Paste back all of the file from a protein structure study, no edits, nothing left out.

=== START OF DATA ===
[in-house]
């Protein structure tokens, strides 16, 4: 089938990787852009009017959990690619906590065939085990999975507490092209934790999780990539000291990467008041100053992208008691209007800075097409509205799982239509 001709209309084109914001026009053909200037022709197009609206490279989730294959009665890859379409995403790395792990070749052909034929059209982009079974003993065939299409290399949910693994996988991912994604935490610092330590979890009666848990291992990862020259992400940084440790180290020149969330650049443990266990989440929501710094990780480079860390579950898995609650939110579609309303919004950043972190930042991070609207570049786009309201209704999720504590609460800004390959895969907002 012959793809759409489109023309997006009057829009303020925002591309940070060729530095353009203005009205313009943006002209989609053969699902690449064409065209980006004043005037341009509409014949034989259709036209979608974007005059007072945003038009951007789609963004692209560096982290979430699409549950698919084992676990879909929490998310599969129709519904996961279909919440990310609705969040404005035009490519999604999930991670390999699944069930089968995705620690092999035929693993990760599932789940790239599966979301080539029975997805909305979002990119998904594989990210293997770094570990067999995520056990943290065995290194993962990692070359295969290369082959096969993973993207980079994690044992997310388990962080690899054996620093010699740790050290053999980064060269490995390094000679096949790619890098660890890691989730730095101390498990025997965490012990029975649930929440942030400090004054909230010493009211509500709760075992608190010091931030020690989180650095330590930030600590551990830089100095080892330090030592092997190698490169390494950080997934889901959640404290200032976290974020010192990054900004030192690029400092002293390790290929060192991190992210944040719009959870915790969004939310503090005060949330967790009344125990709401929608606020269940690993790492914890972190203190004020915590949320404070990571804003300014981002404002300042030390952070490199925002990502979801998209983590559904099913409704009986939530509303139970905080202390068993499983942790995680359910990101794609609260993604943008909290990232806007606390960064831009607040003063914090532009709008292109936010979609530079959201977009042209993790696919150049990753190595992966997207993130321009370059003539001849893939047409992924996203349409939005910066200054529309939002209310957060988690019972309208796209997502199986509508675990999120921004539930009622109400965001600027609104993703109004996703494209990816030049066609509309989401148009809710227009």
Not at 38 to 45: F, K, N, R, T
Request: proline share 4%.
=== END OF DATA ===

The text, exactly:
[in-house]
């Protein structure tokens, strides 16, 4: 089938990787852009009017959990690619906590065939085990999975507490092209934790999780990539000291990467008041100053992208008691209007800075097409509205799982239509 001709209309084109914001026009053909200037022709197009609206490279989730294959009665890859379409995403790395792990070749052909034929059209982009079974003993065939299409290399949910693994996988991912994604935490610092330590979890009666848990291992990862020259992400940084440790180290020149969330650049443990266990989440929501710094990780480079860390579950898995609650939110579609309303919004950043972190930042991070609207570049786009309201209704999720504590609460800004390959895969907002 012959793809759409489109023309997006009057829009303020925002591309940070060729530095353009203005009205313009943006002209989609053969699902690449064409065209980006004043005037341009509409014949034989259709036209979608974007005059007072945003038009951007789609963004692209560096982290979430699409549950698919084992676990879909929490998310599969129709519904996961279909919440990310609705969040404005035009490519999604999930991670390999699944069930089968995705620690092999035929693993990760599932789940790239599966979301080539029975997805909305979002990119998904594989990210293997770094570990067999995520056990943290065995290194993962990692070359295969290369082959096969993973993207980079994690044992997310388990962080690899054996620093010699740790050290053999980064060269490995390094000679096949790619890098660890890691989730730095101390498990025997965490012990029975649930929440942030400090004054909230010493009211509500709760075992608190010091931030020690989180650095330590930030600590551990830089100095080892330090030592092997190698490169390494950080997934889901959640404290200032976290974020010192990054900004030192690029400092002293390790290929060192991190992210944040719009959870915790969004939310503090005060949330967790009344125990709401929608606020269940690993790492914890972190203190004020915590949320404070990571804003300014981002404002300042030390952070490199925002990502979801998209983590559904099913409704009986939530509303139970905080202390068993499983942790995680359910990101794609609260993604943008909290990232806007606390960064831009607040003063914090532009709008292109936010979609530079959201977009042209993790696919150049990753190595992966997207993130321009370059003539001849893939047409992924996203349409939005910066200054529309939002209310957060988690019972309208796209997502199986509508675990999120921004539930009622109400965001600027609104993703109004996703494209990816030049066609509309989401148009809710227009």
Not at 38 to 45: F, K, N, R, T
Request: proline share 4%.